She shrugged. He held up his hand and studied it, as if appraising its worth. She watched the hand hover forth and rake her breasts. She leaked out a laugh that cut short when he leaned in for a kiss.
“Stop,” she said.
“Hey. I’m sorry. You wanted a drink.”
He held open the door; she passed through timid, frightened. He slammed the door and ran toward an Emergency Exit sign across the roof, cussed himself down the fire stairs and through the parking lot. As Anzel approached his car, he saw a man peeing on it. When the man saw Anzel, he jumped into a jeep. As the jeep sped away, a woman laughed out the open driver-side window.
Anzel charged to his car and looked in at Moe. She hadn’t moved, never barked at the man, locked eyes with Anzel. The door shined with urine that dripped into a pond on the concrete. Anzel swung the door open and put Moe’s head in a claw grip.
“You let that asshole mark you as his territory,” Anzel said. “Don’t you got no pride?”
“It’s Clarence and he sounds pissed,” she said.
“Will you get out,” Anzel said. She did, and Anzel patted the sheets for the phone and then beeped it off. Heat and sun rolled in through the open window. He twisted out of the sheets, head throbbing. “Where’s Moe?”
“Well I don’t know,” his mom yelled.
“Well who opened the window?” Dressed in last night’s clothes, he went to the window and called for Moe. A fly crawled across the sill and flew inside as Anzel climbed out.
“What to do,” he sang. “No dog, no job, economic, economic, economic.”
He cut through the side yard and started down the sidewalk. In ten steps he was sweaty and breathing tough in the stuffy heat. Store-bought fireworks littered the concrete. He kicked a firework that resembled a blown-up party hat. An old woman was watering plants on her porch. She waved at Anzel, pitcher in hand.
“Too hot for that baby of yours,” she hollered.
“Have you seen her?” Anzel called back.
“Well, no. Is she lost?”
“Yeah. Or no. Probably not.”
“Should I keep an eye out?”
“Sure, but she’ll turn up.”
On he went. He passed the alley leading to Henny’s house and continued toward the shopping district. He stared at the sun. He didn’t yell for Moe. Eyes spotty, he cut through a church parking lot. Exploded firecrackers muffled underfoot. Bottle rocket tails and dead sparklers. He spotted an intact Black Cat among the firework remains. He picked up the two-inch dynamite and twisted the short wick and dug Brittany’s lighter out of his pocket. His first swipe at the starter failed, but the second worked and the wick lit. Holding the Black Cat in his open palm, he positioned his lips to blow, but his mouth O just stared at the sizzle.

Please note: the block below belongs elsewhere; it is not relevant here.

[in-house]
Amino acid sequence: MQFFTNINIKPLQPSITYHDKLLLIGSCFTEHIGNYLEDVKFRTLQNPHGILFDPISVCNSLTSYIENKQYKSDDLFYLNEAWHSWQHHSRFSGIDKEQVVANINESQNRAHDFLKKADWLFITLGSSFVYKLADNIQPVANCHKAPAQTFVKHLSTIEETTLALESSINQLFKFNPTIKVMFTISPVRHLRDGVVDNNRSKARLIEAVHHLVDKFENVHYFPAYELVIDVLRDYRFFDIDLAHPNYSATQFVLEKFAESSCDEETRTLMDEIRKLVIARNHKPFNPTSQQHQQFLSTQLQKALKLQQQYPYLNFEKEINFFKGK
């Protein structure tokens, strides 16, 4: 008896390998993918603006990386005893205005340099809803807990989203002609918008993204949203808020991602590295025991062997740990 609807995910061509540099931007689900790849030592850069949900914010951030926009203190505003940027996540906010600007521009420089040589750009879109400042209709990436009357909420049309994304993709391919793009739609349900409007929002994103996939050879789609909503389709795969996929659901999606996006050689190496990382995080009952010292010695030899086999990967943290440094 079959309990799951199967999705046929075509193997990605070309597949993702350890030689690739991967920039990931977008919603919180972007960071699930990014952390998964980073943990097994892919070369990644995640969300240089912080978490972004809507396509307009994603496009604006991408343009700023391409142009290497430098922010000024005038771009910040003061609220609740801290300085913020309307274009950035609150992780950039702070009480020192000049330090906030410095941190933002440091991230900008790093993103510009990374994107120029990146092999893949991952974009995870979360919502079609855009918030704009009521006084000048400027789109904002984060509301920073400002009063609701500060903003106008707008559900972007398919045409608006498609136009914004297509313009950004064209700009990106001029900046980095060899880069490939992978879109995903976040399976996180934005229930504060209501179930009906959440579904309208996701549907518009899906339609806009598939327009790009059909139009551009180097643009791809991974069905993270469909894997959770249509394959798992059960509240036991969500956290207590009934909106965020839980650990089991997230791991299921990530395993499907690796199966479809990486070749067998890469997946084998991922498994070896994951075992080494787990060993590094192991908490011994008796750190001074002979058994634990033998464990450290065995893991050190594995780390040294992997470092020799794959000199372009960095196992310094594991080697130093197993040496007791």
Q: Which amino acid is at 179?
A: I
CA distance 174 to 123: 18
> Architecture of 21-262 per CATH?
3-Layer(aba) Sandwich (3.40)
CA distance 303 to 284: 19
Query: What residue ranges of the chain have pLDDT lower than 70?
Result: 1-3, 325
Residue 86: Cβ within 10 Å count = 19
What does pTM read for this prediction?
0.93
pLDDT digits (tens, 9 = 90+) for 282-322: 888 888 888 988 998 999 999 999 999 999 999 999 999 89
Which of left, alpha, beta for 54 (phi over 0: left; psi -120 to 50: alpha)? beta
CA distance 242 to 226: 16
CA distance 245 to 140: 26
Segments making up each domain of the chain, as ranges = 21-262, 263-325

“Make fist, lose hand,” Anzel said. “Hand flat, all’s okay.”
He shook his head. Subtle differences mean the world.
“What the hell you doing?” Clarence yelled. He was straddling his bike on the other side of the parking lot. “Useless,” the child said and pedaled toward Anzel.
“I gave you that bike,” Anzel said, running away. “What more you want?”
As he ran, the lit firecracker bounced in his palm, the wick burned to millimeters. Clarence stood to pedal faster and closed the gap twenty feet. Anzel studied his hand as if questioning its use. He staggered to a stop and took aim at Clarence.
“Nothing but net,” Anzel said, balling his fist around the firecracker and reeling back to throw. A tick too slow.
Brandon Bell lives in Louisville, Ky. His work has appeared in Apiary, Leaf Garden, Cricket Online Review, and Inkspill Magazine (United Kingdom). He is writing a story collection called Unending that will feature characters from "It Scrapes The Lonely."
Jessica Brookes-Parkhill is a photographer based in New York. In 2010 Jessica was the Chief Photographer for BreakerNYC.com, New York’s primary online resource for Bboys and Bgirls. She is also available for weddings, birthday parties, events, and candid portrait sessions. Visit her online portfolio at jessibrookes.com.
Cloud Seeding is a music project by guitarist Kevin Serra (This Ascension, Lot 49). The project was conceived as a space for improvisational collaboration to showcase vocalists he admires. For the first single, "Ink Jar/Unquestioning," Serra worked with Boston-based singer Marissa Nadler while she was briefly living in Brooklyn. For more, visit Cloud Seeding on Bandcamp.